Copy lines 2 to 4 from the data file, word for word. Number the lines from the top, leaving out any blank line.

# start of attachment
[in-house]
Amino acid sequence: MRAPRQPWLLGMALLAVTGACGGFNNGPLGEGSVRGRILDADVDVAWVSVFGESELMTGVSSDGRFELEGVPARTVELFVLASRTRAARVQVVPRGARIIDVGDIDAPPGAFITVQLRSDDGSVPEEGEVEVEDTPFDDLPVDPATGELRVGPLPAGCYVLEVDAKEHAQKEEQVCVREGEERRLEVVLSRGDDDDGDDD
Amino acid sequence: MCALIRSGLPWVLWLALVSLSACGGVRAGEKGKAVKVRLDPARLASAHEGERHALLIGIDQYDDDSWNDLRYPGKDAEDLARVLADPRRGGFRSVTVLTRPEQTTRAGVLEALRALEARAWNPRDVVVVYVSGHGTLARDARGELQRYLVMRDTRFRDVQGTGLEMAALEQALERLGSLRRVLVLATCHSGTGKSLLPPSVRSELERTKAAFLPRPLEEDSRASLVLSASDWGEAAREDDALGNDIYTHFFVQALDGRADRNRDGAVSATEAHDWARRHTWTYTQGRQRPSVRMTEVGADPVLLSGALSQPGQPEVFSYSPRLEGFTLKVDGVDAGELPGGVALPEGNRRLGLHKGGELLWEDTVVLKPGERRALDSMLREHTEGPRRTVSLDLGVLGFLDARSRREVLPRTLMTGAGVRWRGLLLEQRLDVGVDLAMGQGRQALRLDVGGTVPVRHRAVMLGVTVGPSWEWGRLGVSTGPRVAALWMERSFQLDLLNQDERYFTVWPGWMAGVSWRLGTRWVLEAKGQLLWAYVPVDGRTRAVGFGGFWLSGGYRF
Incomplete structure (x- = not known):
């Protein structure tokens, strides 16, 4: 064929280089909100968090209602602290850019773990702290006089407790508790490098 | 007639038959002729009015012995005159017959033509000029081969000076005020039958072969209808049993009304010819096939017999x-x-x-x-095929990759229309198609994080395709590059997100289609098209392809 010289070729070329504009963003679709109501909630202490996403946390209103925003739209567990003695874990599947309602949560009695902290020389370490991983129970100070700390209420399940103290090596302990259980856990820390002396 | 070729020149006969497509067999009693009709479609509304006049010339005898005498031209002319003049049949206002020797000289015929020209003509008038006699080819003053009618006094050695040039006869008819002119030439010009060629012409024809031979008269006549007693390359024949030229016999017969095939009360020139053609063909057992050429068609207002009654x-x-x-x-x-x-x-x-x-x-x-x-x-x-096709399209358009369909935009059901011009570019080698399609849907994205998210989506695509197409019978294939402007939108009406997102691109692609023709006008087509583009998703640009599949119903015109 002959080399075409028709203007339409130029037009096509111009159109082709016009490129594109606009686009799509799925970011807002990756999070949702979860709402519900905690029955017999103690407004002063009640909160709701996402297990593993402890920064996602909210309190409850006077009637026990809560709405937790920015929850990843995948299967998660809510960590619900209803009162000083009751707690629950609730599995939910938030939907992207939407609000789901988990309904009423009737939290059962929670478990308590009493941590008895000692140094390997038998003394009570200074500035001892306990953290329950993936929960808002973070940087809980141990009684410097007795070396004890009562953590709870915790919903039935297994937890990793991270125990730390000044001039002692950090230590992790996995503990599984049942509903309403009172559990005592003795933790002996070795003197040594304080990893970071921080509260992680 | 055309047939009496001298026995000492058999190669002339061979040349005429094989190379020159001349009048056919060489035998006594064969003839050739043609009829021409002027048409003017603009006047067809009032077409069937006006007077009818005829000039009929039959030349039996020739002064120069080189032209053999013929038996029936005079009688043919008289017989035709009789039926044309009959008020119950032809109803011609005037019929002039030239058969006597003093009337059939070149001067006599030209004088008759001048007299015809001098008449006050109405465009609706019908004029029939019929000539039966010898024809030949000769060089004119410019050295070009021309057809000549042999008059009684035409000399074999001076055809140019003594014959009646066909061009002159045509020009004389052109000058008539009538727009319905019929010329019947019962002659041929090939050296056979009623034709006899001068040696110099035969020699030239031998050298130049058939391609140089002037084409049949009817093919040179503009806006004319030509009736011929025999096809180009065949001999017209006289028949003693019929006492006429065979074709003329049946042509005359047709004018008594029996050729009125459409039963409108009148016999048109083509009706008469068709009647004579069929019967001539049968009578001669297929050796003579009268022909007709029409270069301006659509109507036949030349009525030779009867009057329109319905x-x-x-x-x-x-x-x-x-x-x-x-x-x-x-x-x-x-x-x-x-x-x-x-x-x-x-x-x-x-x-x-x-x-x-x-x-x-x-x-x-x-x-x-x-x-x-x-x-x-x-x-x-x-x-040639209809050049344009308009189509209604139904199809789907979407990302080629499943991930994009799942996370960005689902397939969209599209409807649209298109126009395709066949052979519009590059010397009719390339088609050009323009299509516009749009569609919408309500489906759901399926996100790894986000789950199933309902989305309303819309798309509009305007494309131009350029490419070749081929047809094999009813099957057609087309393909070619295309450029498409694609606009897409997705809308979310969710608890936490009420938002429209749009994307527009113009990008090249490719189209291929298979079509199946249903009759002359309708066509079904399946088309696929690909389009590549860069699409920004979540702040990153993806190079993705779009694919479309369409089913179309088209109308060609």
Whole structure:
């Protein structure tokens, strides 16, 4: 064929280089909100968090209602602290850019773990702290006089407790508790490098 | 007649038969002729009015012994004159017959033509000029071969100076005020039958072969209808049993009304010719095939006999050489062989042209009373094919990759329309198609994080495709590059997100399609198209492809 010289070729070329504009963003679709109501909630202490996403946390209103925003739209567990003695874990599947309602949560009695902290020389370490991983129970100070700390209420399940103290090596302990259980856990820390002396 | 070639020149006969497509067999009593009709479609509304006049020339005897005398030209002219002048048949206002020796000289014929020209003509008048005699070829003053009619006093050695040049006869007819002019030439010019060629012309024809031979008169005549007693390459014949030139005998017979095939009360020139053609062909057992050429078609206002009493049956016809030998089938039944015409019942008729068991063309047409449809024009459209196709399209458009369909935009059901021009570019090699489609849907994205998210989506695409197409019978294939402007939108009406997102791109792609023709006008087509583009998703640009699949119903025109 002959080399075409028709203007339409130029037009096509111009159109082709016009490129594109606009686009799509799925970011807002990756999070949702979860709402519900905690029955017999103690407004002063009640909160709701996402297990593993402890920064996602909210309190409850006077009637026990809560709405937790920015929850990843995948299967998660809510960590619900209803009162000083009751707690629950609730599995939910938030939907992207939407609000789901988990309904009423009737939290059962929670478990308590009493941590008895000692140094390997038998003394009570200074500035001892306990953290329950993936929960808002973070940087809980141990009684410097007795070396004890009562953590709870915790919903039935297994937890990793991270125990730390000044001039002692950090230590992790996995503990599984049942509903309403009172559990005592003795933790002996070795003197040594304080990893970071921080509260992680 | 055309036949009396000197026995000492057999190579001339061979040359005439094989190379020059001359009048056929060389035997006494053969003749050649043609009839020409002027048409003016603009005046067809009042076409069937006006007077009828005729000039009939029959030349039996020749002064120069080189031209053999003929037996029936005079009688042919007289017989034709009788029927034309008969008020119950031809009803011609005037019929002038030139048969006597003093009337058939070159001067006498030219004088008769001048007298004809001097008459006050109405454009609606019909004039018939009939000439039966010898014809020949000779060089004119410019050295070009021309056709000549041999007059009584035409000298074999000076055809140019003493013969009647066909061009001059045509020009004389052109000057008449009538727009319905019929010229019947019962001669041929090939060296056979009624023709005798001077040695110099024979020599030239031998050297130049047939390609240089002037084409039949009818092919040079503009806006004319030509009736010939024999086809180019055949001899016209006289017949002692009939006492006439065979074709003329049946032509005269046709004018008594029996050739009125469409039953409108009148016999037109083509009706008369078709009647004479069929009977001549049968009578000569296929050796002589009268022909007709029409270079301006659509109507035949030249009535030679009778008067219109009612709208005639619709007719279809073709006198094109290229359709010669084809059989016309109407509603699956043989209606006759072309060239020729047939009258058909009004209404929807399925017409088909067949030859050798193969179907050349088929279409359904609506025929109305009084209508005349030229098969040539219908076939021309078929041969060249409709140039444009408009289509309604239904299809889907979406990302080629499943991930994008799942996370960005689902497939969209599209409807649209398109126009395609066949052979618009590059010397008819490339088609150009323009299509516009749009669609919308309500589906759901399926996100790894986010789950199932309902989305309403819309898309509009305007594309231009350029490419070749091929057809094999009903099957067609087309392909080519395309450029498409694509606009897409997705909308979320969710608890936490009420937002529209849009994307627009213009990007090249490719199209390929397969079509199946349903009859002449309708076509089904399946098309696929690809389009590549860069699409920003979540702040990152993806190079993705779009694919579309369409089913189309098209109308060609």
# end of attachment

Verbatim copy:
Amino acid sequence: MRAPRQPWLLGMALLAVTGACGGFNNGPLGEGSVRGRILDADVDVAWVSVFGESELMTGVSSDGRFELEGVPARTVELFVLASRTRAARVQVVPRGARIIDVGDIDAPPGAFITVQLRSDDGSVPEEGEVEVEDTPFDDLPVDPATGELRVGPLPAGCYVLEVDAKEHAQKEEQVCVREGEERRLEVVLSRGDDDDGDDD
Amino acid sequence: MCALIRSGLPWVLWLALVSLSACGGVRAGEKGKAVKVRLDPARLASAHEGERHALLIGIDQYDDDSWNDLRYPGKDAEDLARVLADPRRGGFRSVTVLTRPEQTTRAGVLEALRALEARAWNPRDVVVVYVSGHGTLARDARGELQRYLVMRDTRFRDVQGTGLEMAALEQALERLGSLRRVLVLATCHSGTGKSLLPPSVRSELERTKAAFLPRPLEEDSRASLVLSASDWGEAAREDDALGNDIYTHFFVQALDGRADRNRDGAVSATEAHDWARRHTWTYTQGRQRPSVRMTEVGADPVLLSGALSQPGQPEVFSYSPRLEGFTLKVDGVDAGELPGGVALPEGNRRLGLHKGGELLWEDTVVLKPGERRALDSMLREHTEGPRRTVSLDLGVLGFLDARSRREVLPRTLMTGAGVRWRGLLLEQRLDVGVDLAMGQGRQALRLDVGGTVPVRHRAVMLGVTVGPSWEWGRLGVSTGPRVAALWMERSFQLDLLNQDERYFTVWPGWMAGVSWRLGTRWVLEAKGQLLWAYVPVDGRTRAVGFGGFWLSGGYRF
Incomplete structure (x- = not known):